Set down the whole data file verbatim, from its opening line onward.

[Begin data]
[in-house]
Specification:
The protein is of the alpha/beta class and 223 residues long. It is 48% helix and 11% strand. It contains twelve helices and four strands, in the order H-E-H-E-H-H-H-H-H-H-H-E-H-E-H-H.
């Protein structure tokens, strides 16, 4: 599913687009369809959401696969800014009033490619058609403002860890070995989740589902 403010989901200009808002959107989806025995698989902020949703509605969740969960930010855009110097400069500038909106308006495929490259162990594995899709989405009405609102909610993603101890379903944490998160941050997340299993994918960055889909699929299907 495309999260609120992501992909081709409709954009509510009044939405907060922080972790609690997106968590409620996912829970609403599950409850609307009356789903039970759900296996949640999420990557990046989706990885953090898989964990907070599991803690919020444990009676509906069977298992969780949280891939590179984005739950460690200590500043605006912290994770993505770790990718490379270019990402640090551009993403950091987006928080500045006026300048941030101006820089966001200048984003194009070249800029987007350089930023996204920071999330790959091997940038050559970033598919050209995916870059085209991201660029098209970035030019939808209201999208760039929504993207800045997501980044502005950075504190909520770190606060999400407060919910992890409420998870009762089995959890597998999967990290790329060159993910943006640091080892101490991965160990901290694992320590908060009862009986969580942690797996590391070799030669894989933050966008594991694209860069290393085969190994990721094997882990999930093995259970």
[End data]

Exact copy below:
[in-house]
Specification:
The protein is of the alpha/beta class and 223 residues long. It is 48% helix and 11% strand. It contains twelve helices and four strands, in the order H-E-H-E-H-H-H-H-H-H-H-E-H-E-H-H.
């Protein structure tokens, strides 16, 4: 599913687009369809959401696969800014009033490619058609403002860890070995989740589902 403010989901200009808002959107989806025995698989902020949703509605969740969960930010855009110097400069500038909106308006495929490259162990594995899709989405009405609102909610993603101890379903944490998160941050997340299993994918960055889909699929299907 495309999260609120992501992909081709409709954009509510009044939405907060922080972790609690997106968590409620996912829970609403599950409850609307009356789903039970759900296996949640999420990557990046989706990885953090898989964990907070599991803690919020444990009676509906069977298992969780949280891939590179984005739950460690200590500043605006912290994770993505770790990718490379270019990402640090551009993403950091987006928080500045006026300048941030101006820089966001200048984003194009070249800029987007350089930023996204920071999330790959091997940038050559970033598919050209995916870059085209991201660029098209970035030019939808209201999208760039929504993207800045997501980044502005950075504190909520770190606060999400407060919910992890409420998870009762089995959890597998999967990290790329060159993910943006640091080892101490991965160990901290694992320590908060009862009986969580942690797996590391070799030669894989933050966008594991694209860069290393085969190994990721094997882990999930093995259970």